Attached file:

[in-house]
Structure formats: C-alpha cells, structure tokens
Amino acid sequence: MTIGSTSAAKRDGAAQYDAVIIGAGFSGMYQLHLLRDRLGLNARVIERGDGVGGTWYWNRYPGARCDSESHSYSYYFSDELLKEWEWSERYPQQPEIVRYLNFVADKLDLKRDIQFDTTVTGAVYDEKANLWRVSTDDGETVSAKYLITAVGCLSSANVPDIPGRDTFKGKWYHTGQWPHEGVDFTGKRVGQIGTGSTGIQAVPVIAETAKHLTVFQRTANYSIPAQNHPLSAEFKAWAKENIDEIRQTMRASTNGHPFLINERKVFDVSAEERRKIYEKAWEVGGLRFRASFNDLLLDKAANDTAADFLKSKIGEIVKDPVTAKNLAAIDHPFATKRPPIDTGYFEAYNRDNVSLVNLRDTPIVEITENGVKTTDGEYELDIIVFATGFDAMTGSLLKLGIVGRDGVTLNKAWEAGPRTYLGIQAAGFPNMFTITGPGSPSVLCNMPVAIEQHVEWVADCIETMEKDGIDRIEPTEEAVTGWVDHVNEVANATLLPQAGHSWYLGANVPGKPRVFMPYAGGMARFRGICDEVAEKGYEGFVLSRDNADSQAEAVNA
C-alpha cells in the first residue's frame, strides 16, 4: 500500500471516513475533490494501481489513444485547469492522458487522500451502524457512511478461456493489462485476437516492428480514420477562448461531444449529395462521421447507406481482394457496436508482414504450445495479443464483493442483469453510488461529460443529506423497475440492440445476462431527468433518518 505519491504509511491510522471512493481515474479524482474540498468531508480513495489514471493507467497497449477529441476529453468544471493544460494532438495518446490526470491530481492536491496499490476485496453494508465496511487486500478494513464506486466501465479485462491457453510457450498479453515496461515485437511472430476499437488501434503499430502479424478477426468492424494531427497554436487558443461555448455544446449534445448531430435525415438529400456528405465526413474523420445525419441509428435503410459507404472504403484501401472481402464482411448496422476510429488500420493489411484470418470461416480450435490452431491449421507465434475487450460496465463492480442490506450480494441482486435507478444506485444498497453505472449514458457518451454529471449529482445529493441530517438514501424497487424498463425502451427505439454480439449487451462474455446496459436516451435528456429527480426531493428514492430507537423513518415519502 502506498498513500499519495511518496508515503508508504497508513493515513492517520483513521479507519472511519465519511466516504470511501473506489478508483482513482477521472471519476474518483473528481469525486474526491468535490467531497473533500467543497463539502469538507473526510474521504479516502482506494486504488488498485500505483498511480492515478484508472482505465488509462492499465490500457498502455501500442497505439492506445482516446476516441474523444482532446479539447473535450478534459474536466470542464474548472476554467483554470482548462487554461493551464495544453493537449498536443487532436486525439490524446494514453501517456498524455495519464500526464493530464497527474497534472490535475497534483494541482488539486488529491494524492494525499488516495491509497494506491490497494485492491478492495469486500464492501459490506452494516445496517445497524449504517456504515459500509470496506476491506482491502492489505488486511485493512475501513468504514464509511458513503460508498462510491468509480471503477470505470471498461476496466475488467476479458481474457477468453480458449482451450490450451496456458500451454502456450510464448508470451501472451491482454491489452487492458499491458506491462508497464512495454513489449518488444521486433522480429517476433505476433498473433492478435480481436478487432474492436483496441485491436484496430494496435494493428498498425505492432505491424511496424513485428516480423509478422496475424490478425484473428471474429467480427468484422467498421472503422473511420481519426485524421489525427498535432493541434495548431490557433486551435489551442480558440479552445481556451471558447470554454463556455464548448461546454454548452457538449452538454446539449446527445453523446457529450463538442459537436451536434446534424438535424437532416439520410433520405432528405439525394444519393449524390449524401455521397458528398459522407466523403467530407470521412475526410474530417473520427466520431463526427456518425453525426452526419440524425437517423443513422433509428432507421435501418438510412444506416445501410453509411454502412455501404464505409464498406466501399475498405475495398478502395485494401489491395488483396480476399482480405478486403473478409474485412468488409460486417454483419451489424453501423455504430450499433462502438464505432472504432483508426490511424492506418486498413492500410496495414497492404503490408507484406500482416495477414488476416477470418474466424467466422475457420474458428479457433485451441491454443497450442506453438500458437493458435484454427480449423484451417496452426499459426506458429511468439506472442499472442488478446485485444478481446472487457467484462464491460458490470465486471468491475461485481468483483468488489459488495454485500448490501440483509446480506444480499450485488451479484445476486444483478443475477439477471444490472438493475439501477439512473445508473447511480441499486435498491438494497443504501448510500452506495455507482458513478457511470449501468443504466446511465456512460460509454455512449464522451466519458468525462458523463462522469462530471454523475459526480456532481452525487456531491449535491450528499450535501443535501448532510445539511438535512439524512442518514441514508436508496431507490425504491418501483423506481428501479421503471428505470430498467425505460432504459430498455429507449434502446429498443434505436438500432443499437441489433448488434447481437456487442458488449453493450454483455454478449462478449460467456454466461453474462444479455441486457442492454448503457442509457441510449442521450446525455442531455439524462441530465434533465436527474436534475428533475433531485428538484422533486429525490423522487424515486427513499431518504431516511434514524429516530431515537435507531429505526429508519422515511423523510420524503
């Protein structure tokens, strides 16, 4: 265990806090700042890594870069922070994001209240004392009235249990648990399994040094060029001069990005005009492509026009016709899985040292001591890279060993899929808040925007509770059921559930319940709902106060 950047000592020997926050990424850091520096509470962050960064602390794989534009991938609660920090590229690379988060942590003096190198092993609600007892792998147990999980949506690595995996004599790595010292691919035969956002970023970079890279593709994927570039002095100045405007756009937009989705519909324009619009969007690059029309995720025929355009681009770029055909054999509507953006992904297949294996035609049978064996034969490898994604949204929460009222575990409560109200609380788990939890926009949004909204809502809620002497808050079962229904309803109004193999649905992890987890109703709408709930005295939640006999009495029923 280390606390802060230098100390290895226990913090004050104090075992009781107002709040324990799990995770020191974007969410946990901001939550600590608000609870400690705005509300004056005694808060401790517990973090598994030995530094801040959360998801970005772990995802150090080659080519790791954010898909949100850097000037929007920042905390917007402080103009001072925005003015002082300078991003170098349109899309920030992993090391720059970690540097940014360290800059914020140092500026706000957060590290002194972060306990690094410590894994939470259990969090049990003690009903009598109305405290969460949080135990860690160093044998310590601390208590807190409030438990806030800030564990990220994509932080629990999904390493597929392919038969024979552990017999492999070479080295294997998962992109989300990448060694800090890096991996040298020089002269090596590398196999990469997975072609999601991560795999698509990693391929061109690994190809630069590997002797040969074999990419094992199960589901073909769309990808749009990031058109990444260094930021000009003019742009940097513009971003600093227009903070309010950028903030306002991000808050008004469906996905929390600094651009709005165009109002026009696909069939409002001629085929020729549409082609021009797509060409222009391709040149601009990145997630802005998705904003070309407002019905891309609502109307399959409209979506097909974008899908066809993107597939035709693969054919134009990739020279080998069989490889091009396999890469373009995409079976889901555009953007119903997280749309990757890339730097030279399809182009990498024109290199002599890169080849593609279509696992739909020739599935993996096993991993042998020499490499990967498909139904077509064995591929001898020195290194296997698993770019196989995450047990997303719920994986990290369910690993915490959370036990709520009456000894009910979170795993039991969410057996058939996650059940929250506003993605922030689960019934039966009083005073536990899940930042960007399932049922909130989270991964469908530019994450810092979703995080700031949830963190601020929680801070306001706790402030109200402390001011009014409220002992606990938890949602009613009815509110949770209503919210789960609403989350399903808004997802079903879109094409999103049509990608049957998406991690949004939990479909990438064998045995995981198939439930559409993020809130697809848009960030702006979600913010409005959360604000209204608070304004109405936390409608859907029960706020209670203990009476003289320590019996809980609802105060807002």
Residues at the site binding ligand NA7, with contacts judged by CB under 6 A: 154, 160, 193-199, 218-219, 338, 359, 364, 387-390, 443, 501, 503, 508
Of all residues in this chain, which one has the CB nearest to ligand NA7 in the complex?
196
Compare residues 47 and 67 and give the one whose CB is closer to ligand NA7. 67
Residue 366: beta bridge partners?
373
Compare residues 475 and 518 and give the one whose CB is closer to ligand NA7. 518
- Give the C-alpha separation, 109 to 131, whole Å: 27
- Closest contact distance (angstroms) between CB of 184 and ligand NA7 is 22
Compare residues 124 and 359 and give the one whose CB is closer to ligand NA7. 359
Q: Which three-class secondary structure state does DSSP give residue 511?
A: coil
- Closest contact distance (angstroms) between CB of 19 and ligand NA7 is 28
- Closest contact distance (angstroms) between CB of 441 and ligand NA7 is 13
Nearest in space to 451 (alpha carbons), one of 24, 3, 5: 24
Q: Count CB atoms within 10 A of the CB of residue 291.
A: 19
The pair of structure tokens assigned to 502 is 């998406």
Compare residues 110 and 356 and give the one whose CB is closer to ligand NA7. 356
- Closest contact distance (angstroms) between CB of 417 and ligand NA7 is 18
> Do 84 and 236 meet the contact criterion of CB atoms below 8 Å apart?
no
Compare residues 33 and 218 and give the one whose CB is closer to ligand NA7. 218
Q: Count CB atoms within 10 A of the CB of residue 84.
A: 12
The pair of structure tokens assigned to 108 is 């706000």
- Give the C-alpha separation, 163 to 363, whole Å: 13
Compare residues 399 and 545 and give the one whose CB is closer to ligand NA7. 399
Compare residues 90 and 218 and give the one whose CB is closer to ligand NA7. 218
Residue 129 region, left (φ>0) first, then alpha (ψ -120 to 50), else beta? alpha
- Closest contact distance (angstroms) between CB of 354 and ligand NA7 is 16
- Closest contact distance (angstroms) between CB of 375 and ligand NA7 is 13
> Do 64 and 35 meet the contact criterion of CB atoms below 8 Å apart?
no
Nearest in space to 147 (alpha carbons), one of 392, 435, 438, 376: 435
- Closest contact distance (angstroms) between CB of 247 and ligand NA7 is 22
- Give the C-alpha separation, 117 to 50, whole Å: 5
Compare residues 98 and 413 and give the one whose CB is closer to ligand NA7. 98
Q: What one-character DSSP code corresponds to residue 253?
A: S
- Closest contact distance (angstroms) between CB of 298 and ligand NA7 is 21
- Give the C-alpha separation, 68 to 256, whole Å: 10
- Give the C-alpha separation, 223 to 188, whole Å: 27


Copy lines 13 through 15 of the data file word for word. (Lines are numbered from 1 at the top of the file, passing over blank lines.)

- Give the C-alpha separation, 109 to 131, whole Å: 27
- Closest contact distance (angstroms) between CB of 184 and ligand NA7 is 22
Compare residues 124 and 359 and give the one whose CB is closer to ligand NA7. 359